Africa Media Review for January 27, 2022

ECOWAS to Hold Extraordinary Meeting on Burkina Faso Coup
The West African bloc ECOWAS will meet virtually on Friday to discuss the crisis in Burkina Faso, where army officers have deposed President Roch Marc Christian Kabore, the group said. The 15 member Economic Community of West African States, which includes Burkina Faso, had already condemned Monday’s coup, which came amid deepening anger about Kabore’s response to violence by armed groups. The extraordinary summit on Burkina will start at 10:00 GMT on Friday and be held virtually, ECOWAS said in a note on Wednesday. … West Africa has been rattled by three military coups in less than 19 months, beginning with Mali in 2020 and Guinea in September 2021. In August 2020, army officers deposed Mali’s elected president, Ibrahim Boubacar Keita, who had likewise been facing protests for his handling of the country’s violence. ECOWAS has already slapped broad sanctions on Mali, where the military-led government said this month it planned to hold power through 2025, going back on a previous agreement to organise elections this February. Guinea underwent a coup in September last year, when officers toppled President Alpha Conde, 83, who had been president since 2010. … Both Guinea and Mali have been suspended from ECOWAS, and the bloc has imposed an array of sanctions against those countries. Al Jazeera

Russian Mercenaries Offer Aid to Burkinabè Coup Leaders
A group of Russian military contractors has written to the coup leaders in Burkina Faso offering to train the West African country’s army in their fight against jihadists. The group calling itself “Community of Officers for International Security”, which is based in the Central African Republic (CAR), published its offer in a letter the BBC has seen and verified. It is not clear if it has been or will be accepted. Burkina Faso is now led by a military junta that overthrew the government of President Roch Kaboré on Monday. The offer in the letter is explicit: “If Russian instructors are invited to train the army in Burkina Faso, they can do it effectively.” … Western powers condemned the deployment of Russian mercenaries to neighbouring Mali in December, saying it could lead to a further deterioration of security. BBC

US Ambassador to Burkina Faso: Aid Cuts Possible After Coup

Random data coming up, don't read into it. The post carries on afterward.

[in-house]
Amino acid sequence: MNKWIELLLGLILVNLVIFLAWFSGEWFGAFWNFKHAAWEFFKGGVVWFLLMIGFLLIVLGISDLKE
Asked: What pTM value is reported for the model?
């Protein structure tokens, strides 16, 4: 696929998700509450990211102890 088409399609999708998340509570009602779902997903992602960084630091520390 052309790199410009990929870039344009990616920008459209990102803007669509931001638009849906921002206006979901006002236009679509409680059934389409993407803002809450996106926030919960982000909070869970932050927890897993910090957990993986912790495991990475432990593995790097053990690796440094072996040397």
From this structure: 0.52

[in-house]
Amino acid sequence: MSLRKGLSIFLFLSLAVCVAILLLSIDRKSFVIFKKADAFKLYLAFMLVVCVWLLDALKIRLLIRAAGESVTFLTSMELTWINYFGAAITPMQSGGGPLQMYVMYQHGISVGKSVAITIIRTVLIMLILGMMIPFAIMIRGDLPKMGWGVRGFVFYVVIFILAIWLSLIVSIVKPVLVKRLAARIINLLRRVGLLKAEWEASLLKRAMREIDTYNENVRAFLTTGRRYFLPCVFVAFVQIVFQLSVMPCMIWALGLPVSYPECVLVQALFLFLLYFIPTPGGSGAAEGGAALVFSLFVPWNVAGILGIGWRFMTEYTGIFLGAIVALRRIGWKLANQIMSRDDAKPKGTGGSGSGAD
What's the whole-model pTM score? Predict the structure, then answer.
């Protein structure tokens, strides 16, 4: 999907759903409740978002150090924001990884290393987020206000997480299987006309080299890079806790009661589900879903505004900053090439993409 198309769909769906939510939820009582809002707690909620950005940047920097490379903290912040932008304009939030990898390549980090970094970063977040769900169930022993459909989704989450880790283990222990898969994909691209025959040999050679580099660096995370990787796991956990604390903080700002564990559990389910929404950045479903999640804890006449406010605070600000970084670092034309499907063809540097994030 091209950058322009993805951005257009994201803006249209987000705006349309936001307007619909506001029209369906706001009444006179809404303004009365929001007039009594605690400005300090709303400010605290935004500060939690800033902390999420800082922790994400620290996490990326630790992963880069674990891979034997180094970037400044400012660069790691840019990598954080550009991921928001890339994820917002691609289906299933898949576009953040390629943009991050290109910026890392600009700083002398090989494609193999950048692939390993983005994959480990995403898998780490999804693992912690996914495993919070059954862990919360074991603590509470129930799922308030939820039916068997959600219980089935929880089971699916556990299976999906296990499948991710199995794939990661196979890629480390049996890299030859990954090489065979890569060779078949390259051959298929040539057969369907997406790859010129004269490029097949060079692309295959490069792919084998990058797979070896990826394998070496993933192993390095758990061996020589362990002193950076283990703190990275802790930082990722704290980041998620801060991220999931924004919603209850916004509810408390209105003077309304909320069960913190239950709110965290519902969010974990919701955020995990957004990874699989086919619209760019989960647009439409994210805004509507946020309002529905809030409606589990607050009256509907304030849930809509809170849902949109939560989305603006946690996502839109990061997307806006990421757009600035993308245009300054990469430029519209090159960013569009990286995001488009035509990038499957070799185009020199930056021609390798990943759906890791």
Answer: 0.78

Burkina Faso’s coup leaders have yet to say if they will install a civilian or military leader after deposing President Roch Kaboré, who has since resigned formally. In an exclusive interview with VOA, U.S. Ambassador to Burkina Faso Sandra Clark says if the military installs its own leader, Washington could cut support to Burkina Faso. In the exclusive interview, Ambassador Clark said the United States is closely monitoring the situation. “We are evaluating events on the ground for any impact on our assistance. This is a very fluid situation and things are evolving. I would note that U.S. law does require a review and possible suspension of assistance in cases where a democratic government is deposed by unconstitutional means,” she told VOA. The junta has yet to announce whether it plans to install a military or a civilian president as the new ruler. If a civilian is selected, it may mean a continuation of support from the United States, which has provided counterterrorism training to Burkinabe troops, as well as funding. VOA

1960 – 2022: The Long History of Coups D’état in Burkina Faso
The military coup in Burkina Faso intensifies months of deteriorating relations between former President Roch Marc Christian Kaboré and his army, in a country where the population and the military were fed up with the hopelessness of the state in the face of deadly jihadist attacks. Here is a reminder of the coups that have marked the country since its independence in 1960. 1966 – On January 3, the army seized power following strikes and demonstrations against austerity. President Maurice Yaméogo, in power since independence, was replaced by Chief of Staff Aboubakar Sangoulé Lamizana. … 1982 – On November 7, a Council for the Salvation of the People (CSP), chaired by Major Jean-Baptiste Ouedraogo, overthrew Colonel Saye Zerbo. Captain Thomas Sankara, who played an important role in the coup, was appointed Prime Minister. … 1987 – On October 15, Blaise Compaoré, whose differences over how to lead the “revolution” pitted him against Thomas Sankara, took power in a deadly coup: the father of the Burkinabe “revolution” was killed along with 12 of his collaborators. … 2014 – On October 31, Blaise Compaoré was ousted by the street for wanting to change the constitution and remain in power. 2022 – On January 24, uniformed soldiers announced on state television that they had seized power and ousted President Marc Roch Christian Kaboré.